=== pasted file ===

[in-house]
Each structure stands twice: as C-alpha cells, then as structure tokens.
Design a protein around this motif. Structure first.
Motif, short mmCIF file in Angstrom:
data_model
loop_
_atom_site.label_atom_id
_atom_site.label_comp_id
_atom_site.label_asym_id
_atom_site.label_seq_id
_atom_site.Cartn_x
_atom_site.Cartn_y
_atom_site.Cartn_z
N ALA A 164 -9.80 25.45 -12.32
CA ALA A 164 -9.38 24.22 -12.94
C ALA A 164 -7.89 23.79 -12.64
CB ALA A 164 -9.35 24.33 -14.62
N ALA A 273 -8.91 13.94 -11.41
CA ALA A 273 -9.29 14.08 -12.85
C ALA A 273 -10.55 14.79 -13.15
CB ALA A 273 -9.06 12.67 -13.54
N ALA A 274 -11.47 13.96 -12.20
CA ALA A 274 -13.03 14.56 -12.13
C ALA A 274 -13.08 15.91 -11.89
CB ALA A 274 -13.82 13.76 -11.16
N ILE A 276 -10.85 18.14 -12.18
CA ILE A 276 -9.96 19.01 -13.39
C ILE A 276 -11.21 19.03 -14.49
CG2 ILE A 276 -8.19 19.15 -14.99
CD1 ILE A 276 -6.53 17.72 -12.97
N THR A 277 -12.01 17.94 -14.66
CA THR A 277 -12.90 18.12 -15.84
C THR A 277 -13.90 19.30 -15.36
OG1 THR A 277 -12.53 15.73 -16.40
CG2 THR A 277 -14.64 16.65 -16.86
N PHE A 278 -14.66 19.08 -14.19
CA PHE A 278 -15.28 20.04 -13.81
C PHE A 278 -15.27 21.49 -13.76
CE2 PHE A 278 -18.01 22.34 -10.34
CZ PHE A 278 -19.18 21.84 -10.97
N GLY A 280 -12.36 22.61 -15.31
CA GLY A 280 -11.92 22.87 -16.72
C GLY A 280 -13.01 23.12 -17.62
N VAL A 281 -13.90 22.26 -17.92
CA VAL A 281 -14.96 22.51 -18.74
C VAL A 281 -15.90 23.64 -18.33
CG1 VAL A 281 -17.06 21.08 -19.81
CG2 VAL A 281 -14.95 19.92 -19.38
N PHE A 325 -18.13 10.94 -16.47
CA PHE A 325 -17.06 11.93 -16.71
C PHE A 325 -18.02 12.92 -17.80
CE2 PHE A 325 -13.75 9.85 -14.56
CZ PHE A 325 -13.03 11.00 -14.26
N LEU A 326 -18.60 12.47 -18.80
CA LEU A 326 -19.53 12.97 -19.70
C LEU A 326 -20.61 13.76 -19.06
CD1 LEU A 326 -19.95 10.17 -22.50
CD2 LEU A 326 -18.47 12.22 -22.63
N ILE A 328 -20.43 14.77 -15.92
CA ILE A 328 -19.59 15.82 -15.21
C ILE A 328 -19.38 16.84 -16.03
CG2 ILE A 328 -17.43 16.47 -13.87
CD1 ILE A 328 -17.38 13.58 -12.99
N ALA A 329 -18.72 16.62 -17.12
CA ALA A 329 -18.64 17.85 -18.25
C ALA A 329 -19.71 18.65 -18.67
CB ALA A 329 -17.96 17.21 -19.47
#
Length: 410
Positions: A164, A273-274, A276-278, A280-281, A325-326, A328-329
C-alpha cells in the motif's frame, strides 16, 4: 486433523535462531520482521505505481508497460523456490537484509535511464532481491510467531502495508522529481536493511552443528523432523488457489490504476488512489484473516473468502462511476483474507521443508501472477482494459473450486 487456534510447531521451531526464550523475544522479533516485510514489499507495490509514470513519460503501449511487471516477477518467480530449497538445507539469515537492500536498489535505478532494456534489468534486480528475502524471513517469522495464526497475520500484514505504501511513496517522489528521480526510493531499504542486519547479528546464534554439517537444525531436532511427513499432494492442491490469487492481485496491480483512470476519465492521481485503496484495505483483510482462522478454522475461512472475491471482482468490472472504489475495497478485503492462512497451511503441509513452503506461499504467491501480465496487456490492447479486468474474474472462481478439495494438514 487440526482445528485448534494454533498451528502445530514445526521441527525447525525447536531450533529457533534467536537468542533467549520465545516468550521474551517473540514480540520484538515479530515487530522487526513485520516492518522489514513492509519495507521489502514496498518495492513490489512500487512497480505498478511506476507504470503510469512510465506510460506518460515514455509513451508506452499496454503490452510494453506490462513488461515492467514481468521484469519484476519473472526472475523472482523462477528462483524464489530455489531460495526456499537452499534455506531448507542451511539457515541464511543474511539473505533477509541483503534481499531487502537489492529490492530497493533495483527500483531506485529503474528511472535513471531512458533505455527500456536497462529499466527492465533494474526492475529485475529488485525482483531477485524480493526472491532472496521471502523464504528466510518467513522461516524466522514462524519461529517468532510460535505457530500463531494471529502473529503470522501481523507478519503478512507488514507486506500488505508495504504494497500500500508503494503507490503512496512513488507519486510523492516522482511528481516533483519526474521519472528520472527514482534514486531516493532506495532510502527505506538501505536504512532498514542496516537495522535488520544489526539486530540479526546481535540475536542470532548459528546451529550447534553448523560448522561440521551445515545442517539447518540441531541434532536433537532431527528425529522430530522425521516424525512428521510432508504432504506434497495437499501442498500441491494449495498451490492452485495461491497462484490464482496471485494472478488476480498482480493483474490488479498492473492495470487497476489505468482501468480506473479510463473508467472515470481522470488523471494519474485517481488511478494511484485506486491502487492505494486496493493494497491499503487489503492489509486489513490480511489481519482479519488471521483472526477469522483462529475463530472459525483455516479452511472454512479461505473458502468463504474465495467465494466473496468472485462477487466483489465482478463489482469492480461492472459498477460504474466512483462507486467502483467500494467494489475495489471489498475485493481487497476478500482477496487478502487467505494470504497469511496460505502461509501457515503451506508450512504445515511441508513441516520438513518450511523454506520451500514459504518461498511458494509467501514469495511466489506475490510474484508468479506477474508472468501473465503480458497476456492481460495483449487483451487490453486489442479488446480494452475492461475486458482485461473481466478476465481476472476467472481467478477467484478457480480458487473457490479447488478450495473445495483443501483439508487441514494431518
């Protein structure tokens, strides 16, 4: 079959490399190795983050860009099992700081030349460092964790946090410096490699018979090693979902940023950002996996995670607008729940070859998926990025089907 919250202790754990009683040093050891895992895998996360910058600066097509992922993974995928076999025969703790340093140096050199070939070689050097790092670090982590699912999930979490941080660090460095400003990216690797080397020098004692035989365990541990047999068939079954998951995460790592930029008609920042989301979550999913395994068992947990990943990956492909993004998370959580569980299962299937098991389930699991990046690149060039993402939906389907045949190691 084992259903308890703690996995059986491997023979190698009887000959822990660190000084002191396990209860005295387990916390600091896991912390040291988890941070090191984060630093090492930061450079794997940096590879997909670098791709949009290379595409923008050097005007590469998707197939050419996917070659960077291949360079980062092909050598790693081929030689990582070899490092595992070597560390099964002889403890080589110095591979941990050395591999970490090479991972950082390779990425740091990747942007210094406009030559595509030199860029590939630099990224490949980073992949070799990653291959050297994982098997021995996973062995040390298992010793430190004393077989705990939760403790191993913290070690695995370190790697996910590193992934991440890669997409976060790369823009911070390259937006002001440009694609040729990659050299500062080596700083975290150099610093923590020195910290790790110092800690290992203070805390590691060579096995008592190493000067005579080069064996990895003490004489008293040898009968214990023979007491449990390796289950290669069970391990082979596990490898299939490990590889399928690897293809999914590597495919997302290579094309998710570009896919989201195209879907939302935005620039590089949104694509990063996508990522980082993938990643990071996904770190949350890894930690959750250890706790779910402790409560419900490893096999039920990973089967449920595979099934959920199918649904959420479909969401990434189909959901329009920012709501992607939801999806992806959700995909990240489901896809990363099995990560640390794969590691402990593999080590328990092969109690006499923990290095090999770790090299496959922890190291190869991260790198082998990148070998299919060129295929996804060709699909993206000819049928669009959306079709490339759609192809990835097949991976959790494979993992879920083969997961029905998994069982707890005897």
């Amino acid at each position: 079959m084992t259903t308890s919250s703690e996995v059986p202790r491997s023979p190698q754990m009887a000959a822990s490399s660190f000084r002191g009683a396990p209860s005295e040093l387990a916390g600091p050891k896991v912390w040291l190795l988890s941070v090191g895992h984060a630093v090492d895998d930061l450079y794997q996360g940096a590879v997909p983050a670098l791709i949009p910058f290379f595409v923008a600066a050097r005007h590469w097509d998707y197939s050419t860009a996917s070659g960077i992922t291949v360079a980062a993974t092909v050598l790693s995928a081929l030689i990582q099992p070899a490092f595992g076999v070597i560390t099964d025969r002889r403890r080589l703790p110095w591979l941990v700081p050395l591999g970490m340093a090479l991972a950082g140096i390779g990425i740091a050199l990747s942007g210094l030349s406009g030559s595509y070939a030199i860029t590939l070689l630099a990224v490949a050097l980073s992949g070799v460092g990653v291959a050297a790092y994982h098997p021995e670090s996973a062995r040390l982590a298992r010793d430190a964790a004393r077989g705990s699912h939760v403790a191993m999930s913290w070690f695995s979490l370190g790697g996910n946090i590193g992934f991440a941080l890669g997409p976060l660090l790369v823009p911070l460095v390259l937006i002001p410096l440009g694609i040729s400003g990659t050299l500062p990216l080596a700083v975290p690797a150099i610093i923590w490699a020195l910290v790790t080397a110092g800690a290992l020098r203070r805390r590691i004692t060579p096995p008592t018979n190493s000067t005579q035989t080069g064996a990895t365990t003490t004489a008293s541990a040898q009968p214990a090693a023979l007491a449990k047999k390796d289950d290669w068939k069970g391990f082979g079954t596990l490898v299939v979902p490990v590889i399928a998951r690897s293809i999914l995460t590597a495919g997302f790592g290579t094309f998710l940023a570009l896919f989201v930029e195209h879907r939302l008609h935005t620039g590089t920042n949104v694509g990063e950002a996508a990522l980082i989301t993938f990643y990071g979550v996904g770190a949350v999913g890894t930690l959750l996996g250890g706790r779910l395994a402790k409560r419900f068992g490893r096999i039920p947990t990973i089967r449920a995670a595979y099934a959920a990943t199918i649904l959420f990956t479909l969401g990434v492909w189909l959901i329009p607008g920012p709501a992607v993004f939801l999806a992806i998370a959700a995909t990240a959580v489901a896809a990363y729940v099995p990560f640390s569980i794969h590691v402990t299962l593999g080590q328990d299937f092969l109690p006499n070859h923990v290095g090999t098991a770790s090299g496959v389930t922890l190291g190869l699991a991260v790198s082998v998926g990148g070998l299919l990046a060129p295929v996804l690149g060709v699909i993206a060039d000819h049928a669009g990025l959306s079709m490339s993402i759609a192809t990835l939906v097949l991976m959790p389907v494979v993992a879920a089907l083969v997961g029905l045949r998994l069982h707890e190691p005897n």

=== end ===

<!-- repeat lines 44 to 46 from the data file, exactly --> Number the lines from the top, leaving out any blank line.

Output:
N VAL A 281 -13.90 22.26 -17.92
CA VAL A 281 -14.96 22.51 -18.74
C VAL A 281 -15.90 23.64 -18.33